• SHARE

Mr. Kenji Utsunomiya, a lawyer known for his expertise in the area of multiple debt, has been elected the new president of the Japan Federation of Bar Associations, winning out over Mr. Takeji Yamamoto, a mainstream faction candidate. The contest was decided in a runoff — the first held since the current election system was introduced in 1975.

To become federation president, one must win more votes from the nation’s some 28,800 lawyers than any other candidate, and have the support of more than one-third of the nation’s 52 bar associations. In the March 10 runoff, Mr. Utsunomiya received a majority of votes and won the support of 46 bar associations.

His election underlines opposition to a government plan to lift the number of successful bar exam candidates to 3,000 a year — about 1,000 more than the current figure. Under legal reform, 74 law schools modeled after U.S. law schools have been opened since April 2004, with the aim of remedying the shortage of law professionals. The election of Mr. Utsunomiya, who wants to limit the number of successful candidates to 1,500 a year, will impact efforts by the Justice Ministry and the Supreme Court to increase the bar exam pass rate.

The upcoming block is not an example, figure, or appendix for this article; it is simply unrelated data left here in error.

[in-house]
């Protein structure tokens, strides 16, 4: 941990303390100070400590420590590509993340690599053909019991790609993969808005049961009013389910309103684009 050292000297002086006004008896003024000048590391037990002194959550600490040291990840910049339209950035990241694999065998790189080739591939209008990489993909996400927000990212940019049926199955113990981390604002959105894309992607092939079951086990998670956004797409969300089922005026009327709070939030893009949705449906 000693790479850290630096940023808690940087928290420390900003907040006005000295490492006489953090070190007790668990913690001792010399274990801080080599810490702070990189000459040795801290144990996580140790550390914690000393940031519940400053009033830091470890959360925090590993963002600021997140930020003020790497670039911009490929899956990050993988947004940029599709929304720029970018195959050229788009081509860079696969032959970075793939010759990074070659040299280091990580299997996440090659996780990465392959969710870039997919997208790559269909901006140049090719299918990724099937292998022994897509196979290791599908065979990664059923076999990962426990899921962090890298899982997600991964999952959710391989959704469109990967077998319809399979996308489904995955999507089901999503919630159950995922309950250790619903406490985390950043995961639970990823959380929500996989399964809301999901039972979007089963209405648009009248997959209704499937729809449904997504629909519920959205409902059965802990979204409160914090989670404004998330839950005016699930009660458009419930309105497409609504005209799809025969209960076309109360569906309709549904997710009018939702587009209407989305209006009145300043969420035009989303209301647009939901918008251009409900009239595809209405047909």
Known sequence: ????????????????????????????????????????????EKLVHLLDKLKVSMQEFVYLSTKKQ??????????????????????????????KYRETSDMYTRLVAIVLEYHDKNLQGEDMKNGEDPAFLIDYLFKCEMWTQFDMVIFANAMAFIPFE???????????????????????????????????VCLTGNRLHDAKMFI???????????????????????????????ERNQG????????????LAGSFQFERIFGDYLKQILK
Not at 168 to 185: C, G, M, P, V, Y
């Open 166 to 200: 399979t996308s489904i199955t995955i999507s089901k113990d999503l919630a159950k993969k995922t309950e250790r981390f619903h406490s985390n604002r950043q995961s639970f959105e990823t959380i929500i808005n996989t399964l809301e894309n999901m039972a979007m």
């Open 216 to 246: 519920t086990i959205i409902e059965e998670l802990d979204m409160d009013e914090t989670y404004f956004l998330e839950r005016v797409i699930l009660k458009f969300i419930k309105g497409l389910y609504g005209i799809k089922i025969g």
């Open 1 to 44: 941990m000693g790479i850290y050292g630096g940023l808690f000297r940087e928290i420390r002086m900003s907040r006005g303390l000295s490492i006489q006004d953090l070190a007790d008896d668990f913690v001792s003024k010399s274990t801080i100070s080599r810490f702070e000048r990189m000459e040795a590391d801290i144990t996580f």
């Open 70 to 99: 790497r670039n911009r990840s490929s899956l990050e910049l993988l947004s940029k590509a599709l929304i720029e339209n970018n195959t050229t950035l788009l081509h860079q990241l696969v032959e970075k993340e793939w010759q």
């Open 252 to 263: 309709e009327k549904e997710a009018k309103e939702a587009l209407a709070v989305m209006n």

Apparently Mr. Utsunomiya received strong support from lawyers in rural areas who are having a hard time finding work, and young lawyers who fear an increase in competition. Ironically, about 20 percent of the nation’s lawyers graduated from the U.S.-model law schools.

Mr. Utsunomiya’s first priority in his two-year term should be to develop more employment opportunities for lawyers. At present, lawyers rely heavily on lawsuits but there should be more opportunities related to the corporate sector, administrative and social welfare services, and criminal suspects facing indictment. He needs to boost lawyer numbers in areas where the profession is underrepresented, and push for measures that will help to prevent the filing of false criminal charges, such as compulsory videotaping of entire interrogations of suspects.

In a time of both misinformation and too much information, quality journalism is more crucial than ever.
By subscribing, you can help us get the story right.

SUBSCRIBE NOW